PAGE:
One of the biggest challenges for advice firms themselves was the move to remote working and having to shift all their systems and documentation to be available from home. Staff were moved to work from home and client meetings were held over Zoom and this was harder for some firms than others depending on their pre-existing situations and geographic locations, particularly those who were caught up in the four-month Melbourne lockdown.

“Remote working wasn’t easy but we made it work. It was easier for mature businesses who had lots of clients but harder for newer ones who were trying to pick up new business. You can’t onboard a new client if you haven’t met them,” said Ardino.

Ashenden said: “Lot of people moved to Teams and Zoom but it was important to consider IT security and accessing information from home. People moved to digital very quickly and we will be likely to embrace that going forward. It was easier for the client than for the adviser though as they needed to ensure they were doing everything correctly”.

“We have been hosting lunch and learn sessions for our advisers online with guest speakers as a way to keep in touch with our advisers and they have worked brilliantly,” O’Callaghan said.

“For clients, we moved to video conferencing and FaceTiming them to give the visual connection. We spent time and money on human skills training for our staff in the past so clients are keen to come and see us in person again.”

Advisers said clients were keen to see their adviser face-to-face again once the restrictions were lifted but they would likely continue to offer the option of digital meetings. 


There was also the ongoing task of meeting educational requirements for the Financial Advisory Standard and Ethics Authority (FASEA). Exams were moved to digital in certain places rather than physical locations and advisers were encouraged to study online. Meanwhile, study providers such as Kaplan and TAL Risk Academy began offering online study aids and classes.

Exam sittings in April and June 2020 were online only, while September and November exams were online in Melbourne only. Some 11,241 of entrants had passed the adviser exams held to date.

Ashenden said: “A lot of people moved onto completing their requirements in H1 2020 but less so for the exam as they wanted to do that in person given the importance of passing it. 

“We are slowly seeing that turnaround though and people start doing them again as they have realised the pandemic isn’t going to be a temporary thing and more online options are being offered”.

For 2021, there were six physical exams were scheduled between January and November but advisers could take a digital exam if necessary.  


After the shock market crash of 2020, advisers said they were trying to use the lessons learnt from last year. This included offering the options of digital engagement to clients and emphasising the importance of having diversified portfolios. 

“Not everyone believes that having a diversified portfolio, in terms of assets and geographies, is important but last year has shown that they are critical to preserving capital,” Haslem said.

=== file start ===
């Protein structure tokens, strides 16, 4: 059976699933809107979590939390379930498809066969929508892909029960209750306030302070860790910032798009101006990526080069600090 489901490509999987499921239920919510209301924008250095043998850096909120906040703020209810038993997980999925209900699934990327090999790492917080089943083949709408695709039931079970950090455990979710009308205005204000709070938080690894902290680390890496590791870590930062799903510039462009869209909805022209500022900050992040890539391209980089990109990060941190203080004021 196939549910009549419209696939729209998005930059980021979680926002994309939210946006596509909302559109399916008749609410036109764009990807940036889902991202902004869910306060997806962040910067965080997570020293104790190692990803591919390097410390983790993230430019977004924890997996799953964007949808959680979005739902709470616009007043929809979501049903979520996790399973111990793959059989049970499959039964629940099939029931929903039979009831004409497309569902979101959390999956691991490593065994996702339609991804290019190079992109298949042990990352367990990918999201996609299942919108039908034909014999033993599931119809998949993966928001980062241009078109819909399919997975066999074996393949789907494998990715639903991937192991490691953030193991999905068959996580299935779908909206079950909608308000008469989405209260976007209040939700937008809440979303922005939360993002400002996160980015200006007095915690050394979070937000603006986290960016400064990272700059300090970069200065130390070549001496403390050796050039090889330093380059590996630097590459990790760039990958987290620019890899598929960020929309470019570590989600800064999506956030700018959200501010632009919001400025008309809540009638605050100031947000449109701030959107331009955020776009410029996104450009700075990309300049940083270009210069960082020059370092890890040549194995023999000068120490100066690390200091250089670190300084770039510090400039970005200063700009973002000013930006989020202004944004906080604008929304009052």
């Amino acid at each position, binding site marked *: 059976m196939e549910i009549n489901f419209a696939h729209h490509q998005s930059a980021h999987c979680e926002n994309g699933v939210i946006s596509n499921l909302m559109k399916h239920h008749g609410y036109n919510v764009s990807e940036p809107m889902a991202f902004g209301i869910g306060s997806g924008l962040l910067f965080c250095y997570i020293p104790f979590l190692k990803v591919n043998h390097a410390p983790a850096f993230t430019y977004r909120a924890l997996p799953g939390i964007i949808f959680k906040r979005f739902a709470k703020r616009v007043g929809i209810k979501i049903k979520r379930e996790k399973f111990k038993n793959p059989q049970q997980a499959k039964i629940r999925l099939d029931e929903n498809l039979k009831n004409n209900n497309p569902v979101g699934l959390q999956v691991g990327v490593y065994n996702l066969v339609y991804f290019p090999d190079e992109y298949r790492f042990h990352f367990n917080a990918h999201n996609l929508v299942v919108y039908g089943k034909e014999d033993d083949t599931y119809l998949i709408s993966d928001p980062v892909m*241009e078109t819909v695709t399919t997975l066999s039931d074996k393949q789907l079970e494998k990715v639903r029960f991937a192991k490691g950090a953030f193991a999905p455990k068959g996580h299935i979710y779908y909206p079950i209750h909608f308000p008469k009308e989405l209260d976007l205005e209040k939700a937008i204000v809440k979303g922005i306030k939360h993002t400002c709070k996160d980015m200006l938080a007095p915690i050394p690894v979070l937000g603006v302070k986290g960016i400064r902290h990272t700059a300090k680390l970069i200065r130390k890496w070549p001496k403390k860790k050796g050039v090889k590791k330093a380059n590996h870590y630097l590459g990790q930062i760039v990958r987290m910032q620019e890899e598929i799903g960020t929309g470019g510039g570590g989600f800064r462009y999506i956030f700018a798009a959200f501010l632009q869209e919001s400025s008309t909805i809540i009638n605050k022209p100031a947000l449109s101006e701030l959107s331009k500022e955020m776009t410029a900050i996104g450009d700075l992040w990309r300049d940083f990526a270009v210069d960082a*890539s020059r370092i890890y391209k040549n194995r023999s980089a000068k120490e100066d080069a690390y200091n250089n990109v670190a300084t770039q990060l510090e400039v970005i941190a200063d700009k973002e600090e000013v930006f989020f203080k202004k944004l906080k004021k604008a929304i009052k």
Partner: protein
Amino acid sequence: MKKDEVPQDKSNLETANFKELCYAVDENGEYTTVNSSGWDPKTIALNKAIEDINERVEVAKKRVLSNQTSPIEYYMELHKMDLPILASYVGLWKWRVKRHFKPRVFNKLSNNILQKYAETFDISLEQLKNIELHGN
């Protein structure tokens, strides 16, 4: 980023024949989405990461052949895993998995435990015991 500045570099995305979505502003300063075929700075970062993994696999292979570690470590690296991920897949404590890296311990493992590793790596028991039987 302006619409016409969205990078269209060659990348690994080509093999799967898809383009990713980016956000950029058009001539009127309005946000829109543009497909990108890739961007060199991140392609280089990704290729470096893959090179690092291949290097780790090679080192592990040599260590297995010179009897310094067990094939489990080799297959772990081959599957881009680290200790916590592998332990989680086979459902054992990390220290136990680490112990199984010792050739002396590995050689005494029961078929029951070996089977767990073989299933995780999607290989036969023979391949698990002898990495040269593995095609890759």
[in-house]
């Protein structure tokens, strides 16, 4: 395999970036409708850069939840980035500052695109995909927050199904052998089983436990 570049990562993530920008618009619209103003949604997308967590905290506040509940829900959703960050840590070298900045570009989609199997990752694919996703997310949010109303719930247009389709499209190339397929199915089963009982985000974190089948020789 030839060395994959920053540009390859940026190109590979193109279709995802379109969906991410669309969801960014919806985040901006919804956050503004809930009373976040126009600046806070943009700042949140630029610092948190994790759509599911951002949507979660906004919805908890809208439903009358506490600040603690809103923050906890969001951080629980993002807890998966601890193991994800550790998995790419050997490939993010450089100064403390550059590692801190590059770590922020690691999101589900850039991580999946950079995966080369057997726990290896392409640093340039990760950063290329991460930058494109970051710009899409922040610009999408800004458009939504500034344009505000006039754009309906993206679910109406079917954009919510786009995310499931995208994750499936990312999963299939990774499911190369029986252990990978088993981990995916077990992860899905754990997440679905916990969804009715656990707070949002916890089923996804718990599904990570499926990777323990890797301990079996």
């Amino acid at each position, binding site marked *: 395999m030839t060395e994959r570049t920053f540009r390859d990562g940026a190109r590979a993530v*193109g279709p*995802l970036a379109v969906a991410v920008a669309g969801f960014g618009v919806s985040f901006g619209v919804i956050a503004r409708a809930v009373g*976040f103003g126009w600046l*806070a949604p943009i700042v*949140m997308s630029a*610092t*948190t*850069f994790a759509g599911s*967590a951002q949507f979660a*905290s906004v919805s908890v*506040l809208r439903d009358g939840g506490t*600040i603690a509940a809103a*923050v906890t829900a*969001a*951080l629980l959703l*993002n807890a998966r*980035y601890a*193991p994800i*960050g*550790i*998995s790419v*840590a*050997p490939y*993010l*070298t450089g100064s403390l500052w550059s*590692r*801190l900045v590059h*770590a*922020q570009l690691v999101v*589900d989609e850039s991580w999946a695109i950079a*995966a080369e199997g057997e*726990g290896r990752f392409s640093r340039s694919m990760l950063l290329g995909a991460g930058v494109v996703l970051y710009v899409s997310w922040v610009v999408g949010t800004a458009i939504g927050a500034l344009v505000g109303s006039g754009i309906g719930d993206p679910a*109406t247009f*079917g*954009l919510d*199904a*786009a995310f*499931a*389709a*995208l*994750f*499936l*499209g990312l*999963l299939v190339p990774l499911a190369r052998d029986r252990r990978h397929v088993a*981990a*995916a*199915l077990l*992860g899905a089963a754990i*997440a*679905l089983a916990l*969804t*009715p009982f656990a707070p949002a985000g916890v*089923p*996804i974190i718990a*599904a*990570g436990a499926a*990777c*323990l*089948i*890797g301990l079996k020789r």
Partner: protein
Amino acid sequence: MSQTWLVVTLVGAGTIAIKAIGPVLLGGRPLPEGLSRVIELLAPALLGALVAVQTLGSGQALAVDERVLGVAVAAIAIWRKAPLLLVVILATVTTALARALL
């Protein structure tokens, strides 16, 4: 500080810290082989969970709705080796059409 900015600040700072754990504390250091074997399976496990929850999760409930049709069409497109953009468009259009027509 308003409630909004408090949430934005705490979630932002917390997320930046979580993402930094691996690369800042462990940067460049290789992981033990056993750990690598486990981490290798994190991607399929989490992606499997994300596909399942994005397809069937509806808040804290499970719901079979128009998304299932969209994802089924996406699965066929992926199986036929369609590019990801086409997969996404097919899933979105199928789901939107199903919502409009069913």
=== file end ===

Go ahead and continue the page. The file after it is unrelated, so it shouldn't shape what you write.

Ardino said he expected an increase in managed accounts and managed discretionary accounts as they were easier to manage volatility.

“Around 30% to 40% of our advisers use them and we expect this will increase as we educate advisers about them. It is a no-brainer as it reduces costs and allows us to make changes in a crisis very quickly, it makes sense on a lot of fronts,” he said.

They also questioned what would happen once stimulus measures were withdrawn and whether people would go back to working in CBD offices or continue to work remotely.

“The recession was offset by massive amounts of stimulus, growth assets have done well but that is because of the market stimulus and liquidity. When that unwinds, what will happen? Navigating the next 12 months will be a challenge for portfolio managers,” Ardino continued.

In an unexpected move, O’Callaghan said he had been building relationships with liquidators for the past few months in expectation of business foreclosures. 

“We have built relationships with liquidators, they actually had their quietest year in 2020, but they will be looking to capture businesses and shut them down and we have clients with cash ready who are looking to buy at firesale rates,” O’Callaghan said.

“There is a quiet optimism about the future and there are opportunities coming up. We have stayed optimistic that the world would not end and are looking to flourish in 2021.”


  • Think about how you can capitalise on what you learnt in 2020;
  • Give clients the choice of how they want to have meetings, even when things reopen, they may still be happy with online communication or want a hybrid; and
  • Demonstrate the benefits of being advised and the value you add to clients, find a way to demonstrate those positive outcomes to help you bring in new clients.


  • Have cash reserves saved for three months which you leave untouched so you know you will be OK if you lose income temporarily;
  • Have a team of professionals around you who understand your goal; and
  • Focus on yourself and what you can control.